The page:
Rough Night, with Scarlett Johansson, Kate McKinnon, Zoë Kravitz, Jillian Bell and Ilana Glazer. Directed by Lucia Aniello. Rating: 3.5/5
FEMALE fronted comedies have enjoyed great success at the box office the last few years and while the latest, Rough Night, might not enjoy Oscar nomination status, it lends itself to be a hilarious comedy, with a bit of dark humour, perfect for a night out.
Director Lucia Aniello has recruited a string of renowned small screen funny ladies to take on what could be crassly described as a female take on The Hangover (pre-wedding party gone horribly wrong) meets Weekend at Bernie’s (a corpse being used as a recurring comedy prop).
Jess (Scarlett Johansson) is getting married, and for her bachelorette party she’s heading to Miami with her old college friends. There’s ex-roommate Alice (Jillian Bell), who’s struggling to get over the past; bickering ex-girlfriends Blair (Zoë Kravitz) and Frankie (Ilana Glazer); and Pippa (Kate McKinnon), a friend she made while studying in Australia.
The stage is set for a weekend of partying and after a night of heavy drinking and drugs, Blair decides to order Jess a stripper. But things go south after the stripper accidentally dies. The friends panic as suddenly the usually sensible and well-balanced career women find themselves with a body to dispose of.
Early on the film embraces R-rated territory, with drug references and strong language.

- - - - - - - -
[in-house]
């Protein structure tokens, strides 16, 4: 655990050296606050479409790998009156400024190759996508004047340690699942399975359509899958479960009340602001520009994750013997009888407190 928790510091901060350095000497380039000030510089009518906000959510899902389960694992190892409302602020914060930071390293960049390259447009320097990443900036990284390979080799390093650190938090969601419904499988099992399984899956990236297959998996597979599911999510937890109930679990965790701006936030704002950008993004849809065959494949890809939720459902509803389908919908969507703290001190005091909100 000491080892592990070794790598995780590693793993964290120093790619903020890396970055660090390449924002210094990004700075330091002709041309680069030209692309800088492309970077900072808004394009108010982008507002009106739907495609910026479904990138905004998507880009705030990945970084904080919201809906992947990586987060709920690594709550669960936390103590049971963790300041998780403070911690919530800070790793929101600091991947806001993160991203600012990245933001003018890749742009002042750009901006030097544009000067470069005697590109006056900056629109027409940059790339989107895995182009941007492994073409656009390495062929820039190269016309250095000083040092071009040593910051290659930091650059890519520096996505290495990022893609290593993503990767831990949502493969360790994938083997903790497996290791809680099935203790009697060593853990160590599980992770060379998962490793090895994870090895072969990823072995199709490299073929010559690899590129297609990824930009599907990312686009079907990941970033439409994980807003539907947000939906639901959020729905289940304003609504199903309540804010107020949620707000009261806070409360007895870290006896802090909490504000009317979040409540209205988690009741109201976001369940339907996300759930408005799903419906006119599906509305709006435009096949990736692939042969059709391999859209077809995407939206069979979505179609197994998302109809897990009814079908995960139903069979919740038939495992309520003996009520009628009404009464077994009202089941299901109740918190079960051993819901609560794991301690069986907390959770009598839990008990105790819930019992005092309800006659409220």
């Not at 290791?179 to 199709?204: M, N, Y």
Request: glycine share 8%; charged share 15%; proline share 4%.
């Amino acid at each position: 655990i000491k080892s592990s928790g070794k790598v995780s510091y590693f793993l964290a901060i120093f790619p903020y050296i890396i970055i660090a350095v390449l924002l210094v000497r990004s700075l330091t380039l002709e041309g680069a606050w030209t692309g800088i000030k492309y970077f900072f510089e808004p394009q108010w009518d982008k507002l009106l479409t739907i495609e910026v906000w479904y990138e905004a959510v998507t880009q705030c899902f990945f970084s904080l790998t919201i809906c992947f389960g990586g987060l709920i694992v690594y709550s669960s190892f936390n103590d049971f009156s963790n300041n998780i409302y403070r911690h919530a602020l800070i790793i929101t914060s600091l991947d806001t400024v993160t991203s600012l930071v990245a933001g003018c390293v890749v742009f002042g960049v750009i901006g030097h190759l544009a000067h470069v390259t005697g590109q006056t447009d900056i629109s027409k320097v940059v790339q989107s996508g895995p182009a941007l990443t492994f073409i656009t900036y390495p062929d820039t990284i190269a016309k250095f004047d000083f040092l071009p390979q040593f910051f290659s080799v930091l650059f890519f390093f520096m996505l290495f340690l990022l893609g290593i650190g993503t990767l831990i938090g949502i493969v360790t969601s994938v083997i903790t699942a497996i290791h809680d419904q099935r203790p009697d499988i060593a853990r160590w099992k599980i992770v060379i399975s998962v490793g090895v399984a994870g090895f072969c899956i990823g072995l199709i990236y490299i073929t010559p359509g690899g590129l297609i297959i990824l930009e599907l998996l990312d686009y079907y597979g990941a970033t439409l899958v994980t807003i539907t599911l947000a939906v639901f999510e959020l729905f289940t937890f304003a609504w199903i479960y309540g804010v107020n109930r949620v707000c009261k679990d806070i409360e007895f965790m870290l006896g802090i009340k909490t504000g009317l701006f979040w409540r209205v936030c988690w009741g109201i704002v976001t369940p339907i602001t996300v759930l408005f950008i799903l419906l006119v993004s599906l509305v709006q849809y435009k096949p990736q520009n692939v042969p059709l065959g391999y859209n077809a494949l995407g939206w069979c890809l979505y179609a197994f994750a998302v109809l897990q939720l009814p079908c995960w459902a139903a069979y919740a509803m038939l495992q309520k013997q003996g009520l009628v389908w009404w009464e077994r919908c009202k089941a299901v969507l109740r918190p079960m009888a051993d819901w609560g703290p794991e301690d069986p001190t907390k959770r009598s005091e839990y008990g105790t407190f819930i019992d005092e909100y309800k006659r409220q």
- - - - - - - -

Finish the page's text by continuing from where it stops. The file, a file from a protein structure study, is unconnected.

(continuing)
The concept is unavoidably dark and, to the film’s credit, the death scene is made suitably distasteful, but the cast are uniformly excellent showing that their talent for comedy is not restricted to the small screen and Saturday Night Live.
Rough Night is a great deal funnier than the majority of studio comedies released in the past year. Amid the craziness of trying to cover up the death of the stripper, the friends are brought closer together when it matters most.
The movie features plenty of shocking moments that sure to have people talking and laughing out loud but ultimately it’s a film about friendships; it’s about honing in on our experience of having friendships from high school and college that have evolved and maybe gotten a little bit distant. What does it feel like when you reconnect with those people?
Altogether the film is good comedic relief and does well for entertainment value.
Visit Rosehill Cinema to enjoy this film as well as others.